"Soviet totalitarianism was only an extreme manifestation . . . of a deep-seated problem that also finds expression in advanced Western society" in which there is also "a trend towards impersonal power and rule by mega-machines or Colossi that escape human control." It is the "juggernauts of impersonal power," whether these be "large-scale enterprises or faceless governments," that "represent the greatest threat to our present-day world." 
This Utopia of domination is utopia as escapism. This danger is especially real for those utopians who have been frustrated in their efforts to realize their dreams, or who do not even reach the level of praxis. Utopia as escapism remains in the vacuous realm of what Hegel called the Beautiful Soul, of those Dreamers of Moral Perfection who are unable to cope with the ugliness and ambiguity of the world, and therefore cling to a bloodless Ideal.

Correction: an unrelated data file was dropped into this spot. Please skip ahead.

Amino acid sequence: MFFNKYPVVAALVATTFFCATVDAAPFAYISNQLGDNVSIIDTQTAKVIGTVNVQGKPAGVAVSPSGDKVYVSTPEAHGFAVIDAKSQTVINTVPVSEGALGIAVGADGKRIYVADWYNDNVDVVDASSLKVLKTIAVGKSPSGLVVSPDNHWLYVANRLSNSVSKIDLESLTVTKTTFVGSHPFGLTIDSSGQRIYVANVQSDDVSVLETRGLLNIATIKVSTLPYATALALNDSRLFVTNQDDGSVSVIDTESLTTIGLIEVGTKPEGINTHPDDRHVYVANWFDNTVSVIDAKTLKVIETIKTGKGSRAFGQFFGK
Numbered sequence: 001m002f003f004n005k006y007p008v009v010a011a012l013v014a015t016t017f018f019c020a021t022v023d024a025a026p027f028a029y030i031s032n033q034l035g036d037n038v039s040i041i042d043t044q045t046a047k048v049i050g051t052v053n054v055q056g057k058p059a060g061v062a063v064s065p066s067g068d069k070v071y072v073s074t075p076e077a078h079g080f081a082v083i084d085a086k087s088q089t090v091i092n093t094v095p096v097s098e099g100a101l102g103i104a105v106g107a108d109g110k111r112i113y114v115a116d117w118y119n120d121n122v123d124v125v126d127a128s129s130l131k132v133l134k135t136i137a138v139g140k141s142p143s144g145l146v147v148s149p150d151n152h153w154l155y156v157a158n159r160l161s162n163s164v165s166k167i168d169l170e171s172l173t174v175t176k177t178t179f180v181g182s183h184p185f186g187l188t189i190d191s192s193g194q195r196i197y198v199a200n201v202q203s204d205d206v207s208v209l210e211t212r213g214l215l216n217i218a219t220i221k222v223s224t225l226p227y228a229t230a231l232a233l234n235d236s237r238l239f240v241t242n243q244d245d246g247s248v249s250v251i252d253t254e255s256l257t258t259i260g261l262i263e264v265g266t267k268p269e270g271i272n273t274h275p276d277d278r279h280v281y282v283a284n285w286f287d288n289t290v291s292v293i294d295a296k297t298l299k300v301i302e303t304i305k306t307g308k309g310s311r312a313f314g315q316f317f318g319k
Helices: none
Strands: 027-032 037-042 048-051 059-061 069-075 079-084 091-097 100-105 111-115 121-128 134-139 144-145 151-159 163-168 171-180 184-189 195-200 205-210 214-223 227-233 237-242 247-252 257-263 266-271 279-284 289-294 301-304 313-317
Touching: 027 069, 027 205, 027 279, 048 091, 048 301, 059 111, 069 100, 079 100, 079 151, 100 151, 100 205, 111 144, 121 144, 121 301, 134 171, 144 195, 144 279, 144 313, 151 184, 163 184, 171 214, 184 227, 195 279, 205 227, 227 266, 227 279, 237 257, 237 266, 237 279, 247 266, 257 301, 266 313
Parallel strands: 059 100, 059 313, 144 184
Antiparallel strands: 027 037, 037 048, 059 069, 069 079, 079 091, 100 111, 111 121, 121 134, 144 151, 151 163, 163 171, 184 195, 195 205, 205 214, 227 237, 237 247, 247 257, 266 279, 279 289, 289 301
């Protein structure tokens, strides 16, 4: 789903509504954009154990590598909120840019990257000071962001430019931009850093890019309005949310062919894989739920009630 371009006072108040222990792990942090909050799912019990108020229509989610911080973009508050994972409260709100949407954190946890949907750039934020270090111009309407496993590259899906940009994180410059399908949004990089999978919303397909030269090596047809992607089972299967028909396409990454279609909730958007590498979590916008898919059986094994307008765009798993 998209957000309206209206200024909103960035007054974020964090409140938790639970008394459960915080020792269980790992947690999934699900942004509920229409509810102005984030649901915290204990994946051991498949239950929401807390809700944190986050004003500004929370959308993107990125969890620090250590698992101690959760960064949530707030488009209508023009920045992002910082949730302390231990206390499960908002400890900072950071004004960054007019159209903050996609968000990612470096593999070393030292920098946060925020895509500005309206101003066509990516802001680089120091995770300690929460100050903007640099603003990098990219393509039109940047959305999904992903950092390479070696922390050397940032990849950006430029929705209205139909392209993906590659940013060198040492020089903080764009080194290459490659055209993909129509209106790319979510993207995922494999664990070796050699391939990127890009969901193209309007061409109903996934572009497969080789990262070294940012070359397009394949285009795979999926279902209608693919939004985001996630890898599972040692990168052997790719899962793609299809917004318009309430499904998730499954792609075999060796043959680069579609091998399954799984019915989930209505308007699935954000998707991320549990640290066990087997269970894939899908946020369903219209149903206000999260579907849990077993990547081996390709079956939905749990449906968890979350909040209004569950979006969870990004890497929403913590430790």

The utopia of escape has its satisfactions. We believe because belief fulfills needs and satisfies desires. Utopia can be an escape from the imperfections of the world and their reflection within our own selves. It can be an escape from the exigencies of the real, from history and its unavoidable tragedies. It can be an escape from the minutiae of the everyday. It can offer an imaginary compensation for being denied real power or having real efficacy. If we can’t escape from the Bowels of the Beast, we can lose ourselves in the Bowels of the Movement.
In this sense, utopia is neurosis, a defense mechanism, a convulsive reaction against self and world. It is the imaginary domination of reality, rather than the imaginative transformation of reality. It is thought’s revenge against a recalcitrant reality.
Seize the Daydream!
In opposition to the utopianism of domination and escape is a utopianism which is a critique of domination and a vision of a reality beyond it. Ricoeur has said that the "deinstitutionalization of the main human relationships is . . . the kernel of all utopias," and that though it "may be an escape, . . . it is also the arm of critique." He has also noted that "utopia has two alternatives: to be ruled by good rulers—either ascetic or ethical—or to be ruled by no rulers."